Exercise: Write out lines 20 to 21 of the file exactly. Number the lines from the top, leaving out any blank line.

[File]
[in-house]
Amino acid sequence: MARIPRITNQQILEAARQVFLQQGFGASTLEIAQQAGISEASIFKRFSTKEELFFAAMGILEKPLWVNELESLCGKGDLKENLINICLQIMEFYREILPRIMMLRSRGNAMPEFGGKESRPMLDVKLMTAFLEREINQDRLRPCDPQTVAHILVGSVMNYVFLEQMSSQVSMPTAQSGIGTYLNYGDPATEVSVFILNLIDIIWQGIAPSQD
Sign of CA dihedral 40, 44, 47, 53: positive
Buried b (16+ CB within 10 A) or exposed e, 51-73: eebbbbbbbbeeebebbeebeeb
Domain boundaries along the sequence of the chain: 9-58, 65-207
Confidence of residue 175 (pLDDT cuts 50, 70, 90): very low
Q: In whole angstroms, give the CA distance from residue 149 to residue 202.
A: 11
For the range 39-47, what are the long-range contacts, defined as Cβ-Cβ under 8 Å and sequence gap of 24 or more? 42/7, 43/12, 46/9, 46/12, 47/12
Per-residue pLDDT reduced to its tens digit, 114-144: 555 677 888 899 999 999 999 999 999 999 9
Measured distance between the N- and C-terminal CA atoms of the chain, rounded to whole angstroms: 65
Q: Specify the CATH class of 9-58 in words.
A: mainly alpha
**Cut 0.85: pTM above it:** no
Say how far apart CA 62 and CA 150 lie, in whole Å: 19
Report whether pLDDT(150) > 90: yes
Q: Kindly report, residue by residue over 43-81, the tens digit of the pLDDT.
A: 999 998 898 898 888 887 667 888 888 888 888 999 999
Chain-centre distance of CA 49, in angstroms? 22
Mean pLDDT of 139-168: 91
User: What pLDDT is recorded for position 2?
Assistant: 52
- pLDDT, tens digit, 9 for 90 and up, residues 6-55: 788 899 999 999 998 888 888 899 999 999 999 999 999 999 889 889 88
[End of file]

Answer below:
Mean pLDDT of 139-168: 91
User: What pLDDT is recorded for position 2?